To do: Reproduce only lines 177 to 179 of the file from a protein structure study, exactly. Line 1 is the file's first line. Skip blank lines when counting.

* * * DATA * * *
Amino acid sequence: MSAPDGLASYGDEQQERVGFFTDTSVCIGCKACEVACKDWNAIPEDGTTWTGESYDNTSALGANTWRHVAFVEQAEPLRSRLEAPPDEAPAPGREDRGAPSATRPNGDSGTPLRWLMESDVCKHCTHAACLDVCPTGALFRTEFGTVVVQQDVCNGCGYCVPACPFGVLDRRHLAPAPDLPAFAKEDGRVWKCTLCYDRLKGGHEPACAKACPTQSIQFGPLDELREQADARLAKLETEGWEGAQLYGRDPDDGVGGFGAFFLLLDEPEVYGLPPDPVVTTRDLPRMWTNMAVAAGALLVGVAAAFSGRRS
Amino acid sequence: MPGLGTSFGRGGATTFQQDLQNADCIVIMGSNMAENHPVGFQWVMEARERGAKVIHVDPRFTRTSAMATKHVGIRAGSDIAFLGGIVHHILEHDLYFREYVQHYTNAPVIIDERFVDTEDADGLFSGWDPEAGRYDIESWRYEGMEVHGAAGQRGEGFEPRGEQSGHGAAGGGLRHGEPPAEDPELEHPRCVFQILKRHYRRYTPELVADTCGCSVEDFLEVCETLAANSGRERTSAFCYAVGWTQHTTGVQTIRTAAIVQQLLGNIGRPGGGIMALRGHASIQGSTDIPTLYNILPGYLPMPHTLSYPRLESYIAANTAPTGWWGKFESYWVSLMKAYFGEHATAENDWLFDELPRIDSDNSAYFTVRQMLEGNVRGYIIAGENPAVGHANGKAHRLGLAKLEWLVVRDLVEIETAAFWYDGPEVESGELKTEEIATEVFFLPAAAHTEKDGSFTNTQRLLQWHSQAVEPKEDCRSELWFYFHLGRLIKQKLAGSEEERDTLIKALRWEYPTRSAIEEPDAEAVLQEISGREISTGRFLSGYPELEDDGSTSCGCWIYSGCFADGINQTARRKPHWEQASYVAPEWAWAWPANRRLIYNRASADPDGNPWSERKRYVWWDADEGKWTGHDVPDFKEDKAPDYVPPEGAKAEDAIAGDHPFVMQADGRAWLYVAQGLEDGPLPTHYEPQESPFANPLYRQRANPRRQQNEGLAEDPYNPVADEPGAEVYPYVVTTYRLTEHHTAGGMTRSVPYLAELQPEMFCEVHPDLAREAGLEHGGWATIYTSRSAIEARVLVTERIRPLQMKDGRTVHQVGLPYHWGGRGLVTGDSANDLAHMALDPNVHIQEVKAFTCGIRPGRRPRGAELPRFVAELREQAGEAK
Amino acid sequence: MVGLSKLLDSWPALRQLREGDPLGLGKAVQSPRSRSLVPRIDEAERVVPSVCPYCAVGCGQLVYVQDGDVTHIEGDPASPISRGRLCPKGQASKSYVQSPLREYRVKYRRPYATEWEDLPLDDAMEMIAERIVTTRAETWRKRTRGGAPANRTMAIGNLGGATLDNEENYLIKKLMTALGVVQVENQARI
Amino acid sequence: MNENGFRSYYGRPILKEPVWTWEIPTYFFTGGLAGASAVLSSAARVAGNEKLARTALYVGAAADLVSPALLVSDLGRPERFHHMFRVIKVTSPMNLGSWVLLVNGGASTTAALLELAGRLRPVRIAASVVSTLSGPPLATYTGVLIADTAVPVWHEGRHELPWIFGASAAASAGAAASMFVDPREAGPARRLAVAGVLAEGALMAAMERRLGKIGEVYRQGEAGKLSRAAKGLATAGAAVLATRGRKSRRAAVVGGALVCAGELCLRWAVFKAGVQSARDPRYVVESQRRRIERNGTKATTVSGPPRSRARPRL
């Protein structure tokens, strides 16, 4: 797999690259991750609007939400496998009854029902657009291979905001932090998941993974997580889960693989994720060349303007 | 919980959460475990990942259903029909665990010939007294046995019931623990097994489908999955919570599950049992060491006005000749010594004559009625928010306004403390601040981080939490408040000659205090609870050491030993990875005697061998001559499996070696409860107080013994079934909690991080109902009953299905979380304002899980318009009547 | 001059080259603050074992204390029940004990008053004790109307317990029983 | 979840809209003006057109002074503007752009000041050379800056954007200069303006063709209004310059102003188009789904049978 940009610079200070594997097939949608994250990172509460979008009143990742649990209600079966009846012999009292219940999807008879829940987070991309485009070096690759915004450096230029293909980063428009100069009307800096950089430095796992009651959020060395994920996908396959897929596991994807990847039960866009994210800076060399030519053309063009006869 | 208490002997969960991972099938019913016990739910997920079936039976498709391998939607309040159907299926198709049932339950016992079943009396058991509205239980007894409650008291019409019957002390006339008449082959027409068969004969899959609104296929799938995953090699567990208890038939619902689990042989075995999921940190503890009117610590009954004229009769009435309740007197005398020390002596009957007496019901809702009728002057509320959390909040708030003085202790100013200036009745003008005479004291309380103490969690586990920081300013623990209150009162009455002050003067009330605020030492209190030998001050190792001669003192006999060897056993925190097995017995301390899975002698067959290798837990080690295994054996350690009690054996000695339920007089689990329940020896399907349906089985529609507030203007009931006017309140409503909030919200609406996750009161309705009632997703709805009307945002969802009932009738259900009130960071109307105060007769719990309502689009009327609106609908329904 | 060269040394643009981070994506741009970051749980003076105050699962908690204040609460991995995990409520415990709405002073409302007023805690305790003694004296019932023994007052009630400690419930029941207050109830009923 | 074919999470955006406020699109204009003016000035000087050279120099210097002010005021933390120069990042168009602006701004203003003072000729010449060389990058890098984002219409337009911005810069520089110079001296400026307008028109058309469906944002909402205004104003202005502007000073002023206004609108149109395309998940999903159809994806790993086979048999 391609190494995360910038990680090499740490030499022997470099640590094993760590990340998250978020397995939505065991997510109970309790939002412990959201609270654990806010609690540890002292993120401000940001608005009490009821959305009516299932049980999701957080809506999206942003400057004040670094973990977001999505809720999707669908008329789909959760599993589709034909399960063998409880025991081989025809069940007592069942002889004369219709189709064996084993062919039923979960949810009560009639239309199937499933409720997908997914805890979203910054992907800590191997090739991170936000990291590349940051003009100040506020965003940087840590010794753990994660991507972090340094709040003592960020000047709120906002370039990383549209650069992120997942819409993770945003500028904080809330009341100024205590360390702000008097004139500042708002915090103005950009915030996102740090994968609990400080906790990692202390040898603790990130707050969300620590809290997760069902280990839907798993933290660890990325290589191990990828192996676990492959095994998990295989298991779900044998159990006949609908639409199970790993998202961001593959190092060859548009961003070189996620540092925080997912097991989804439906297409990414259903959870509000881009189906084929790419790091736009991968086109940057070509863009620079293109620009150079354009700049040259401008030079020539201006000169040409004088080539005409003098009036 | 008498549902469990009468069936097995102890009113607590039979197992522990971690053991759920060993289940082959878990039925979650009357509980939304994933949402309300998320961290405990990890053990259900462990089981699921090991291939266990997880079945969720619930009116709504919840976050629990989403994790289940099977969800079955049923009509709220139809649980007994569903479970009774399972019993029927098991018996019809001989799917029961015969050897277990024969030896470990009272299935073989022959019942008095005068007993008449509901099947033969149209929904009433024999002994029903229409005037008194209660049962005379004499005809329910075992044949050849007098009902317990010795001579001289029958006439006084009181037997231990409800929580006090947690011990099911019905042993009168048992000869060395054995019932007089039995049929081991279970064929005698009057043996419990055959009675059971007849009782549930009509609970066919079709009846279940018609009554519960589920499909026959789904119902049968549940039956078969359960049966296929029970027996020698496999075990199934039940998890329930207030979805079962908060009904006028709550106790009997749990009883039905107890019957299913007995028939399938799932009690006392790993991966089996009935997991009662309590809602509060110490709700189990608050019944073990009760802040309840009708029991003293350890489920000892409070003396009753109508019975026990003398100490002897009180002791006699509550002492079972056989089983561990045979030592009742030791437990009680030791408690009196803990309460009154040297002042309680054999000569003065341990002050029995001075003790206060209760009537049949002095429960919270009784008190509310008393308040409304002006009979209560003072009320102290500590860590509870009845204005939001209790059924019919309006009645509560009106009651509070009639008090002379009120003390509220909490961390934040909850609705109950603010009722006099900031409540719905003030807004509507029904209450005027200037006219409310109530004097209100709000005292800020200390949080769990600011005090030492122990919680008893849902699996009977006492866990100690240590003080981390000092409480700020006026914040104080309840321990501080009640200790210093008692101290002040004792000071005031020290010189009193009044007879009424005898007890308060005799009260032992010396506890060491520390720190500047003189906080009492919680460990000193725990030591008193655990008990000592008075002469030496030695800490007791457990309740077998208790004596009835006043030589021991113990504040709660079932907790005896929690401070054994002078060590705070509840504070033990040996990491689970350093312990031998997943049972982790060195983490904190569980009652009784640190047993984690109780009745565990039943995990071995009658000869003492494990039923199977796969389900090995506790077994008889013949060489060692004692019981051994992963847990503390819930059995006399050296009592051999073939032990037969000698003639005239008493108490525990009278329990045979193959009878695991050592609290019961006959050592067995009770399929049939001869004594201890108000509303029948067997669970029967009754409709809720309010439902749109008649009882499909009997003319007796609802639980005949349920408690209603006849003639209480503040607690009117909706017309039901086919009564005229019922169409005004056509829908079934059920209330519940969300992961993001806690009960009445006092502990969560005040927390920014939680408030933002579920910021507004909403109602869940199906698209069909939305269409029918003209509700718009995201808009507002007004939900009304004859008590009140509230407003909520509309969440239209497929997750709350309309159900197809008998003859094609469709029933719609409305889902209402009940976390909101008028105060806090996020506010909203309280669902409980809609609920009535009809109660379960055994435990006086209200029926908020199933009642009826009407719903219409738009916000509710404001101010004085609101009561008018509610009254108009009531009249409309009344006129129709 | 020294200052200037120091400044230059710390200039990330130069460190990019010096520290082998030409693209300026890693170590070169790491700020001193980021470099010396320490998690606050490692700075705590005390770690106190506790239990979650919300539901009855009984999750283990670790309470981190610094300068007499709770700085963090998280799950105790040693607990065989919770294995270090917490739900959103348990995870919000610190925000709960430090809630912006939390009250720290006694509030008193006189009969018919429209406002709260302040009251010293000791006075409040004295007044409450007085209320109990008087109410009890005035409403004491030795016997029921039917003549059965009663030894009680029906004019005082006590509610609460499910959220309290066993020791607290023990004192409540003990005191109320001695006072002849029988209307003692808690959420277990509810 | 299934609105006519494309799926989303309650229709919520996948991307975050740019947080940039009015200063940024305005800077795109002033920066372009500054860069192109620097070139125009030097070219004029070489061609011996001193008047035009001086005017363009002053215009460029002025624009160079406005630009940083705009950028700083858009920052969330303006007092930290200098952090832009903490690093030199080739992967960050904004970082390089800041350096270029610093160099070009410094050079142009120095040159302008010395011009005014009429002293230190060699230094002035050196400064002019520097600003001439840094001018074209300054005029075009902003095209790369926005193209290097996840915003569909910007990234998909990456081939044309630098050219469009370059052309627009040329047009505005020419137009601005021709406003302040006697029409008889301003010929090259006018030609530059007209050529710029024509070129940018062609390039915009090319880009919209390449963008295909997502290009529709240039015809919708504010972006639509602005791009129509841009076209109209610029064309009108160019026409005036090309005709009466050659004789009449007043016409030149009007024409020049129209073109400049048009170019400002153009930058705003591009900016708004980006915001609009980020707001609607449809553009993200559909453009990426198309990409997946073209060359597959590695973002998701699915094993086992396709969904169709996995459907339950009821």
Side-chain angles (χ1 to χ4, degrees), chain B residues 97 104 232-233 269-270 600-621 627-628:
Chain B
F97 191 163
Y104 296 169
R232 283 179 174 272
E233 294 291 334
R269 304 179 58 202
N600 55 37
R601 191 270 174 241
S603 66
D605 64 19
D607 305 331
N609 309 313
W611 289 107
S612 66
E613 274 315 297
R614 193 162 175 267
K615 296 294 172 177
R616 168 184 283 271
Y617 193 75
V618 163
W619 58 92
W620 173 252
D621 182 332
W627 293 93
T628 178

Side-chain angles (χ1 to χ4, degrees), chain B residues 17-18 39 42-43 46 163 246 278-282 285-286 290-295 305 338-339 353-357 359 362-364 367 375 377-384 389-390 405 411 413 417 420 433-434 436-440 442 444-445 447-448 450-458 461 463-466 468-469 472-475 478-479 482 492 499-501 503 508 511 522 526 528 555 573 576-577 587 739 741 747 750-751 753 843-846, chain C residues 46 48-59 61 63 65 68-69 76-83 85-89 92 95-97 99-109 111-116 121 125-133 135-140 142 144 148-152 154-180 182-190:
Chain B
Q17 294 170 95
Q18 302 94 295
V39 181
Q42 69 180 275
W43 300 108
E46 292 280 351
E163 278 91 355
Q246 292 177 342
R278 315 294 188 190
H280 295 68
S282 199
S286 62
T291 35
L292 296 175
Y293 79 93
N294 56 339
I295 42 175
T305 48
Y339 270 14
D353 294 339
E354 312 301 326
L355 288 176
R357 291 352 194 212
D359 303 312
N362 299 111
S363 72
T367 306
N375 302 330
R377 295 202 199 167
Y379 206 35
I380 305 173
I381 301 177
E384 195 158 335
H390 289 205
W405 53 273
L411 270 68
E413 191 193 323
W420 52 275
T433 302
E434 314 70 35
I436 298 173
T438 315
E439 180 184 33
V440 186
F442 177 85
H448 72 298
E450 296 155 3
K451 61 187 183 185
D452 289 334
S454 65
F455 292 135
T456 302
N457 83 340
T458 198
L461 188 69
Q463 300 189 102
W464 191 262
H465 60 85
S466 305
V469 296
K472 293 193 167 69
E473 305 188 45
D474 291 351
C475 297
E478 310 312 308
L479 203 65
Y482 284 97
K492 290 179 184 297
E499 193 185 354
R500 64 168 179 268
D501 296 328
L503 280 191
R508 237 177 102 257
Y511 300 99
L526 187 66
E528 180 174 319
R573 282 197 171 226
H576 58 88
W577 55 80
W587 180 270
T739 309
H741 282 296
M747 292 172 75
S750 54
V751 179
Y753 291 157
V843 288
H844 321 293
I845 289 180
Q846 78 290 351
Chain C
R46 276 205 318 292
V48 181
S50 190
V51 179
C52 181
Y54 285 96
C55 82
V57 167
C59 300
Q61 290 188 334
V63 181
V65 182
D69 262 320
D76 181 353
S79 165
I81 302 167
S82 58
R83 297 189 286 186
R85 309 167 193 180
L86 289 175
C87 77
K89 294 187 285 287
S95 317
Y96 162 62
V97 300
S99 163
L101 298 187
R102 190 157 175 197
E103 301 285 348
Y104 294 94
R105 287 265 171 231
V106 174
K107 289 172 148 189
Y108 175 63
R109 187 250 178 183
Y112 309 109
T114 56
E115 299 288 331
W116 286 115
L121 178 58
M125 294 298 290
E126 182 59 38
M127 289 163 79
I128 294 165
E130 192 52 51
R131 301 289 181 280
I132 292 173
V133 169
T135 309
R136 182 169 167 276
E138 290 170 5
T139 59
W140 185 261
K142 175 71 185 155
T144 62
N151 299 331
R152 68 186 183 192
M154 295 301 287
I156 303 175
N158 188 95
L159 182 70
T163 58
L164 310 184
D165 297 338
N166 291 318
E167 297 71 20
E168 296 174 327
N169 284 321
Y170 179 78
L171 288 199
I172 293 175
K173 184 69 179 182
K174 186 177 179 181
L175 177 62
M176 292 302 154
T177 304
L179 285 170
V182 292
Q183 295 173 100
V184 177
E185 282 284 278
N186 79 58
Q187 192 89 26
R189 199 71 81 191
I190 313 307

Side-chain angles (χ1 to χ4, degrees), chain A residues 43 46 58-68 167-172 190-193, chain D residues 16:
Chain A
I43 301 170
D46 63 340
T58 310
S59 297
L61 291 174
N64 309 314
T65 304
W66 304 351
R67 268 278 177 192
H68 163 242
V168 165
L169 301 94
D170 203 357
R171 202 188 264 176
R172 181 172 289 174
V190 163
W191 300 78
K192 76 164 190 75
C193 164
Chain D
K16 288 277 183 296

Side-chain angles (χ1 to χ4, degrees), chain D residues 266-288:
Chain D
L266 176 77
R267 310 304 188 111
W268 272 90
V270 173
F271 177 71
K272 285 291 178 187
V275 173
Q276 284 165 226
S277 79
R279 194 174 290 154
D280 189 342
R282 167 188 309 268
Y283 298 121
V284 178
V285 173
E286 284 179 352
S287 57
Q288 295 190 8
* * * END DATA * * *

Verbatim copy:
W140 185 261
K142 175 71 185 155
T144 62